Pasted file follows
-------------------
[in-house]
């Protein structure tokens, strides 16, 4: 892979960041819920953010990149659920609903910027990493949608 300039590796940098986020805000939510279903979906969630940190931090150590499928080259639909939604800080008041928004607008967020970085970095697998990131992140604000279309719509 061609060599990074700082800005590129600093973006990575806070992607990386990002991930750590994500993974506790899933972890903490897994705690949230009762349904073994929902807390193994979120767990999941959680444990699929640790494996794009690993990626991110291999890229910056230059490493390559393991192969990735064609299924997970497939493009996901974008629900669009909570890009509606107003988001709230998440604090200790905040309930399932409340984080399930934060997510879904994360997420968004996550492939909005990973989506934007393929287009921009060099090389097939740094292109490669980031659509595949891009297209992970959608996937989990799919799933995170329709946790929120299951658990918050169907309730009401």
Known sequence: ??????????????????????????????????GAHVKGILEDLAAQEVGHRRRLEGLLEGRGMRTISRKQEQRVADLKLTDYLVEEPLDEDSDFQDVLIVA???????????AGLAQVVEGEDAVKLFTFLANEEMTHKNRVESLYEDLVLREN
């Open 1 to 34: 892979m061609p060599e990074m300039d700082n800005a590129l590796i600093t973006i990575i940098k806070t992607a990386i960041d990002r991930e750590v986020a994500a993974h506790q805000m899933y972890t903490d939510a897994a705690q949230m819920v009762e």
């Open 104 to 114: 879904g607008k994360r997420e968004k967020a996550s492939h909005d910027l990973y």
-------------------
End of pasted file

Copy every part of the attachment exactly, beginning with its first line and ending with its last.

[in-house]
């Protein structure tokens, strides 16, 4: 892979960041819920953010990149659920609903910027990493949608 300039590796940098986020805000939510279903979906969630940190931090150590499928080259639909939604800080008041928004607008967020970085970095697998990131992140604000279309719509 061609060599990074700082800005590129600093973006990575806070992607990386990002991930750590994500993974506790899933972890903490897994705690949230009762349904073994929902807390193994979120767990999941959680444990699929640790494996794009690993990626991110291999890229910056230059490493390559393991192969990735064609299924997970497939493009996901974008629900669009909570890009509606107003988001709230998440604090200790905040309930399932409340984080399930934060997510879904994360997420968004996550492939909005990973989506934007393929287009921009060099090389097939740094292109490669980031659509595949891009297209992970959608996937989990799919799933995170329709946790929120299951658990918050169907309730009401």
Known sequence: ??????????????????????????????????GAHVKGILEDLAAQEVGHRRRLEGLLEGRGMRTISRKQEQRVADLKLTDYLVEEPLDEDSDFQDVLIVA???????????AGLAQVVEGEDAVKLFTFLANEEMTHKNRVESLYEDLVLREN
């Open 1 to 34: 892979m061609p060599e990074m300039d700082n800005a590129l590796i600093t973006i990575i940098k806070t992607a990386i960041d990002r991930e750590v986020a994500a993974h506790q805000m899933y972890t903490d939510a897994a705690q949230m819920v009762e």
């Open 104 to 114: 879904g607008k994360r997420e968004k967020a996550s492939h909005d910027l990973y």